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Fraud trial for broker Bales begins in South Bend

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The federal fraud trial of Indianapolis real estate broker John M. Bales and a partner began Monday morning in South Bend with a jury-selection process that may not have run as smoothly if it took place in central Indiana.

U.S. District Judge Robert L. Miller Jr. read a panel of 48 potential jurors the names of about 60 potential witnesses and key players likely to be mentioned during the case, including several Indianapolis power brokers.

Among them: former Marion County Prosecutor Carl Brizzi; former Indianapolis Deputy Mayor Michael Huber; former chief of staff to Gov. Mitch Daniels Earl A Goode; former Indiana Department of Child Services Director James W. Payne; Indiana Department of Workforce Development Commissioner Mark W. Everson; current DCS Director John P. Ryan; and real estate developer Paul Kite.

The judge wanted to know whether the potential jurors knew any of the people or recognized their names. They did not.

It wasn't clear which of those individuals, if any, would be called to testify, or for which side. Opening statements are expected to begin Monday afternoon, and the trial could last up to two weeks.

Bales and his general counsel, William E. Spencer, both 45, face 13 counts, including wire and mail fraud. Indianapolis attorney Paul J. Page, who was also charged, agreed earlier this month to plead guilty to one count of wire fraud in exchange for cooperating with federal prosecutors.

The government is expected to argue that a fraud scheme led by Bales began to unravel in July 2009 when Page withdrew $50,000 from a bank account that collected rent payments from a state-leased office building in Elkhart.

On paper, that wasn’t a problem, since Page controlled the company, L&BAB LLC, which owned the building. Page had taken out a $531,000 loan from Huntington Bank to buy the property in 2008, and the Department of Child Services moved in shortly thereafter.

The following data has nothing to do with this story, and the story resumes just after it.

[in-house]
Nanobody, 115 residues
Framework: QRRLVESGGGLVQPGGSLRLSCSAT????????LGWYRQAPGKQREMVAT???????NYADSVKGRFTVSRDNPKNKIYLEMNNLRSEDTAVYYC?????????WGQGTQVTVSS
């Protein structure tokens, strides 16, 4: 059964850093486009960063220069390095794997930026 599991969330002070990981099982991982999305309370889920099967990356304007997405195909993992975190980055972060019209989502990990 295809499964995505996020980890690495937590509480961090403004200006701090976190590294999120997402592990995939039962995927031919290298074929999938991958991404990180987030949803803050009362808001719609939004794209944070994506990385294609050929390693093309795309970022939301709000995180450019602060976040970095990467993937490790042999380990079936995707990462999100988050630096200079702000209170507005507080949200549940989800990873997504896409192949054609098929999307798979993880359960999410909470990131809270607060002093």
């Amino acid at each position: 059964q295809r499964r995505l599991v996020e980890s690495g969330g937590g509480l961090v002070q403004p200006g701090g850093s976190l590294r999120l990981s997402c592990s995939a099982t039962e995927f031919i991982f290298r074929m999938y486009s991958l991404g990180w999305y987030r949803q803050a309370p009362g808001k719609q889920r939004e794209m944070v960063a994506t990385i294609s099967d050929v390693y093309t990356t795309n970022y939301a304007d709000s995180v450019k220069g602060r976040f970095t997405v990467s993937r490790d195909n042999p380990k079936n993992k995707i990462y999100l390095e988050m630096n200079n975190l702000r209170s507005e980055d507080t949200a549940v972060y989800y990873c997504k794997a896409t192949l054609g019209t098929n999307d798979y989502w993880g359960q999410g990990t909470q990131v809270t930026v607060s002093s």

But the bank withdrawal was an urgent concern for Bales and his partners at Venture Cos. The broker believed the move violated an unrecorded mortgage agreement: A Bales-controlled company called BAB Equity LLC had secretly given Page his $362,000 down payment in exchange for 25 percent of any profits. The bank was told Page would be the 100-percent owner.

The principals at Venture, which represented the state in office lease deals and had pledged to avoid “any ownership interest” in buildings the state leased, felt that to protect their investment they had no choice but to reveal the partnership with a state landlord. The company hurriedly placed a back-dated mortgage on the property.

“We are about to be outed like it or not,” Bales deputy Greg Rankin wrote in an e-mail, one of dozens of records federal prosecutors plan to use as they argue Bales and Spencer defrauded the state and a bank over the building purchase and subsequent lease deal.

The defense contends there were no victims, no loss and no intent to defraud: The state wound up leasing the building it wanted, and the bank loan on the property is current and paid. Bales’ and Spencer’s attorneys are expected to argue the arrangement was a loan that fell well short of ownership, and any attempts to conceal the deal stemmed from concern about media attention and were not meant to mislead the state. The questionable nature of the Elkhart lease deal was first revealed as part of an IBJ investigation.

Newly filed documents in the case suggest prosecutors intend to argue that Bales defrauded the state in multiple ways with the Elkhart deal:

— By secretly putting up the equity to buy the building;

— By keeping the entire $88,400 lease commission in violation of an agreement to remit a portion back to the state (Venture eventually paid the state’s $22,100 portion two years later after receiving a federal subpoena);

— And by taking $28,875 for a broker’s fee and a $22,700 developer’s fee on the deal—additional payments not allowed under the state contract. Venture recorded the latter in closing documents as having been paid to building owner L&BAB LLC.